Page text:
A majority of candidates walk into an interview dressed professionally, with extra copies of their resume, and pre-rehearsed answers to questions the interviewer is likely to ask them. However, what many individuals fail to prepare for is the portion at the end of an interview when the interviewer asks, “What questions do you have for me?” This piece of the interview is just as important, if not more important than any other part of the interview process. This is your time to prove to them that you’ve done your research and you’re truly interested in learning more about this company and becoming a part of their team. These questions shouldn’t be drawn up last minute in the car on your way to the interview. The night before you should draft five to eight thoughtful questions, that reflect your sincere interest in the position and the company. Through our experience placing candidates, we’ve found that some individuals have been misguided on what questions are appropriate to ask the interviewer. For that reason we’ve outlined below 5 commonly asked questions that you should refrain from asking, and how to reword the questions so they’re appropriate.
“How many hours will I be expected to work each week?” This question can immediately give the interviewer a negative perception of you. This is because what you’re telling them is that you’ll be counting down the hours until you can leave work each day. That you care more about doing things outside of work than completing necessary tasks that contribute to the success of the company. This is not to say that you shouldn’t ask about work and personal life balance but by rewording the question you can get the information you’re looking for without implying that you have no work ethic. A replacement question that is much more appropriate would be, “What is a typical workday like?” Additionally, this provides you much more information about the position than just the number of hours they expect you to work each week.
“How often does the team hang out after hours?” Again, this is a question that would lead the interviewer to assume that you’re not necessarily interested in the responsibilities of the position but the social benefits. Considering that you will realistically spend more time with your co-workers than other people in your life this is a normal question to ask, but try rewording one of these two ways; “How would your team define the company culture?” or “How well does the team work together?” Both questions allow for open-ended answers so you’re likely to get the answer your original question asked, but it shows you care about the culture of the company, not just getting drinks after work.
“If this doesn’t work out, would you consider me for another position?” If you have not yet been told that you didn’t get the position it means that you’re still being considered. You want to be sure that you’re showing complete interest in the position you’re applying for because you feel it aligns perfectly with your skill set, and it would allow you to be a vital asset to the company. Asking about other position’s could lead them to believe you’d take any position no matter what the job description is. Instead of asking a question, and prying for reassurance that they most likely can’t or won’t give you, turn it into a statement by saying, “As a long-time admirer of your organization, I’ve been thrilled to meet with you today.” Many times if an interviewer had a great meeting with a candidate but doesn’t feel that they’re fit for that specific position, they will bring you back in for new openings. Wait until you know whether you’ve received the offer or not before you ask a question like this.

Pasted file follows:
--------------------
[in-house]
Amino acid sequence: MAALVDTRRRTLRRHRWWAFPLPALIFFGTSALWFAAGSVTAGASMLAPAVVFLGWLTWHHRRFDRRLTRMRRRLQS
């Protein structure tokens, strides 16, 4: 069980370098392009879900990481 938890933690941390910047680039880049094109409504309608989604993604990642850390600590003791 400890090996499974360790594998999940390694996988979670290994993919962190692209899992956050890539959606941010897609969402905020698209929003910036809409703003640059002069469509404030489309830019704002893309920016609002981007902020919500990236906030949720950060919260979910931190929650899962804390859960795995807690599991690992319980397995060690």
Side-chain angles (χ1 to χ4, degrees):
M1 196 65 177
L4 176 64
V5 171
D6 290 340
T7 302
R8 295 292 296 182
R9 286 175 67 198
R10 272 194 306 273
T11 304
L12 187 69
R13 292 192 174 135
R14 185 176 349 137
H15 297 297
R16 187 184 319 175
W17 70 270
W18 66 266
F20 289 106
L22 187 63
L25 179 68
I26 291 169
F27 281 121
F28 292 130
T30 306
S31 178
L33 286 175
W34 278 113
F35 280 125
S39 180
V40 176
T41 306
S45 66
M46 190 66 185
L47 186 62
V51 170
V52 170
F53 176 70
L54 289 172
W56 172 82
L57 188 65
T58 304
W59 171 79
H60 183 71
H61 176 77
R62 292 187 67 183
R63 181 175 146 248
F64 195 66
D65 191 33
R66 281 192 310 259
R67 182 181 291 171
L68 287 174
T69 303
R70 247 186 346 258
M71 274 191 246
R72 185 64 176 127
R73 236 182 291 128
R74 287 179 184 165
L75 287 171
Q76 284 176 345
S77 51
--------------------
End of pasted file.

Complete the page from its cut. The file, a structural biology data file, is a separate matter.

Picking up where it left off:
“Do I have the job?” Many people would think to themselves, “do people really ask that question?” And the answer is yes, they do. Even if you feel that you’ve had the best interview possible, and you have created a connection with the interviewer, this is not an appropriate question, and could completely ruin any positive feelings that were created. Not only does this question put the interviewer in an uncomfortable situation but it also makes them feel pressured to answer. Instead show your extreme interest in the position by asking, “What should the person in this role do to make his or her manager’s life easier?” Wording the question this way allows you to keep the focus on what you can do for the company. You’re still interviewing so it’s very important that with every question asked you can circle it back to how you would be an asset to the team.
And last but not least, when asked, “What questions do you have for me?” Do not say, none. This implies that you think you know everything there is to know about the company and the position, but seeing as you have never worked there you don’t. Be sure to show up with well thought out questions, and a goal as to what you’re trying to prove to them by asking those specific questions.
As always we’re here as a resource and would love to connect with you if we can be of any assistance!
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